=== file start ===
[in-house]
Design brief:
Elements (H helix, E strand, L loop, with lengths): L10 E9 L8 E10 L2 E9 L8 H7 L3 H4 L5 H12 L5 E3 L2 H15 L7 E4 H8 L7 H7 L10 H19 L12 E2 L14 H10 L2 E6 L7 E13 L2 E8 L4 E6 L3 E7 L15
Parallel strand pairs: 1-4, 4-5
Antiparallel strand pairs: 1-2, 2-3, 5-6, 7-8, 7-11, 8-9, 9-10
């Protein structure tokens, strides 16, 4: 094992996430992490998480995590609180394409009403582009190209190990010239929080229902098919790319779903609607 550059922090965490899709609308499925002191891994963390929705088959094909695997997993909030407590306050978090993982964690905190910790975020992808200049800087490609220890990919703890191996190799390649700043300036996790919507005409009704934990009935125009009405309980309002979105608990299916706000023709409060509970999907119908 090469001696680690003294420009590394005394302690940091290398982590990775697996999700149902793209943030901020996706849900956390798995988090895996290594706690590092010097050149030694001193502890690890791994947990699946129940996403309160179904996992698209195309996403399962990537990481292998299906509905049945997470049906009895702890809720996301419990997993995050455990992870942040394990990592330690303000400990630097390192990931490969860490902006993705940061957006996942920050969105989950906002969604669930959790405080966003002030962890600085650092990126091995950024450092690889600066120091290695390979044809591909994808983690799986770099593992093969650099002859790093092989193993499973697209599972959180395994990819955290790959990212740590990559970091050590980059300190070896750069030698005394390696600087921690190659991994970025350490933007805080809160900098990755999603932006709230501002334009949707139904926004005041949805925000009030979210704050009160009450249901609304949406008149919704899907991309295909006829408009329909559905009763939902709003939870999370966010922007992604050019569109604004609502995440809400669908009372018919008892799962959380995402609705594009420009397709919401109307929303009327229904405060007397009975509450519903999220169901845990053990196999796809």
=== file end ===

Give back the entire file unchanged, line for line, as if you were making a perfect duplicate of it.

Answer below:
[in-house]
Design brief:
Elements (H helix, E strand, L loop, with lengths): L10 E9 L8 E10 L2 E9 L8 H7 L3 H4 L5 H12 L5 E3 L2 H15 L7 E4 H8 L7 H7 L10 H19 L12 E2 L14 H10 L2 E6 L7 E13 L2 E8 L4 E6 L3 E7 L15
Parallel strand pairs: 1-4, 4-5
Antiparallel strand pairs: 1-2, 2-3, 5-6, 7-8, 7-11, 8-9, 9-10
């Protein structure tokens, strides 16, 4: 094992996430992490998480995590609180394409009403582009190209190990010239929080229902098919790319779903609607 550059922090965490899709609308499925002191891994963390929705088959094909695997997993909030407590306050978090993982964690905190910790975020992808200049800087490609220890990919703890191996190799390649700043300036996790919507005409009704934990009935125009009405309980309002979105608990299916706000023709409060509970999907119908 090469001696680690003294420009590394005394302690940091290398982590990775697996999700149902793209943030901020996706849900956390798995988090895996290594706690590092010097050149030694001193502890690890791994947990699946129940996403309160179904996992698209195309996403399962990537990481292998299906509905049945997470049906009895702890809720996301419990997993995050455990992870942040394990990592330690303000400990630097390192990931490969860490902006993705940061957006996942920050969105989950906002969604669930959790405080966003002030962890600085650092990126091995950024450092690889600066120091290695390979044809591909994808983690799986770099593992093969650099002859790093092989193993499973697209599972959180395994990819955290790959990212740590990559970091050590980059300190070896750069030698005394390696600087921690190659991994970025350490933007805080809160900098990755999603932006709230501002334009949707139904926004005041949805925000009030979210704050009160009450249901609304949406008149919704899907991309295909006829408009329909559905009763939902709003939870999370966010922007992604050019569109604004609502995440809400669908009372018919008892799962959380995402609705594009420009397709919401109307929303009327229904405060007397009975509450519903999220169901845990053990196999796809």